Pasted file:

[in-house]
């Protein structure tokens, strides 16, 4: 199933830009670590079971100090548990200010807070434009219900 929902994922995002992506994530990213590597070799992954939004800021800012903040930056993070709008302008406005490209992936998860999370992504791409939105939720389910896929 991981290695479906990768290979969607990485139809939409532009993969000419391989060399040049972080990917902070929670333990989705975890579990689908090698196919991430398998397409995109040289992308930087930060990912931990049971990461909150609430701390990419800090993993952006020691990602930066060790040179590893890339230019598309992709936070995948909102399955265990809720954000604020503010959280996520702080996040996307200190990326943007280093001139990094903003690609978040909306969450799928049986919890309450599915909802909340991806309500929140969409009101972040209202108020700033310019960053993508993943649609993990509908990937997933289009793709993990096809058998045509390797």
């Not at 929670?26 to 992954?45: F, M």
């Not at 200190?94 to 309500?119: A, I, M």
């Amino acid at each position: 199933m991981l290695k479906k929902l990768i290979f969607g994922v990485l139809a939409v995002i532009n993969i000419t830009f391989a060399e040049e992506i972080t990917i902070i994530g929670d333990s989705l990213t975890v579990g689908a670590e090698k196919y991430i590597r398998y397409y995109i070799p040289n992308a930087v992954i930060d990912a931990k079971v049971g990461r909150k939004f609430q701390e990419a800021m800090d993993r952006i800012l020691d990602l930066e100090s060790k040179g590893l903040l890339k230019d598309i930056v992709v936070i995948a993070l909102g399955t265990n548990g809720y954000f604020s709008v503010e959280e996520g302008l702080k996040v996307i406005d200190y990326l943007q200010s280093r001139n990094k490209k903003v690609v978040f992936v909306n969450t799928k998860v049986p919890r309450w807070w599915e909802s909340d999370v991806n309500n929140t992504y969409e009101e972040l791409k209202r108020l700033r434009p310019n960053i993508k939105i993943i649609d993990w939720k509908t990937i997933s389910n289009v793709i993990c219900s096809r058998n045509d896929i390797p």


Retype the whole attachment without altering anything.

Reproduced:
[in-house]
């Protein structure tokens, strides 16, 4: 199933830009670590079971100090548990200010807070434009219900 929902994922995002992506994530990213590597070799992954939004800021800012903040930056993070709008302008406005490209992936998860999370992504791409939105939720389910896929 991981290695479906990768290979969607990485139809939409532009993969000419391989060399040049972080990917902070929670333990989705975890579990689908090698196919991430398998397409995109040289992308930087930060990912931990049971990461909150609430701390990419800090993993952006020691990602930066060790040179590893890339230019598309992709936070995948909102399955265990809720954000604020503010959280996520702080996040996307200190990326943007280093001139990094903003690609978040909306969450799928049986919890309450599915909802909340991806309500929140969409009101972040209202108020700033310019960053993508993943649609993990509908990937997933289009793709993990096809058998045509390797």
């Not at 929670?26 to 992954?45: F, M």
């Not at 200190?94 to 309500?119: A, I, M």
């Amino acid at each position: 199933m991981l290695k479906k929902l990768i290979f969607g994922v990485l139809a939409v995002i532009n993969i000419t830009f391989a060399e040049e992506i972080t990917i902070i994530g929670d333990s989705l990213t975890v579990g689908a670590e090698k196919y991430i590597r398998y397409y995109i070799p040289n992308a930087v992954i930060d990912a931990k079971v049971g990461r909150k939004f609430q701390e990419a800021m800090d993993r952006i800012l020691d990602l930066e100090s060790k040179g590893l903040l890339k230019d598309i930056v992709v936070i995948a993070l909102g399955t265990n548990g809720y954000f604020s709008v503010e959280e996520g302008l702080k996040v996307i406005d200190y990326l943007q200010s280093r001139n990094k490209k903003v690609v978040f992936v909306n969450t799928k998860v049986p919890r309450w807070w599915e909802s909340d999370v991806n309500n929140t992504y969409e009101e972040l791409k209202r108020l700033r434009p310019n960053i993508k939105i993943i649609d993990w939720k509908t990937i997933s389910n289009v793709i993990c219900s096809r058998n045509d896929i390797p």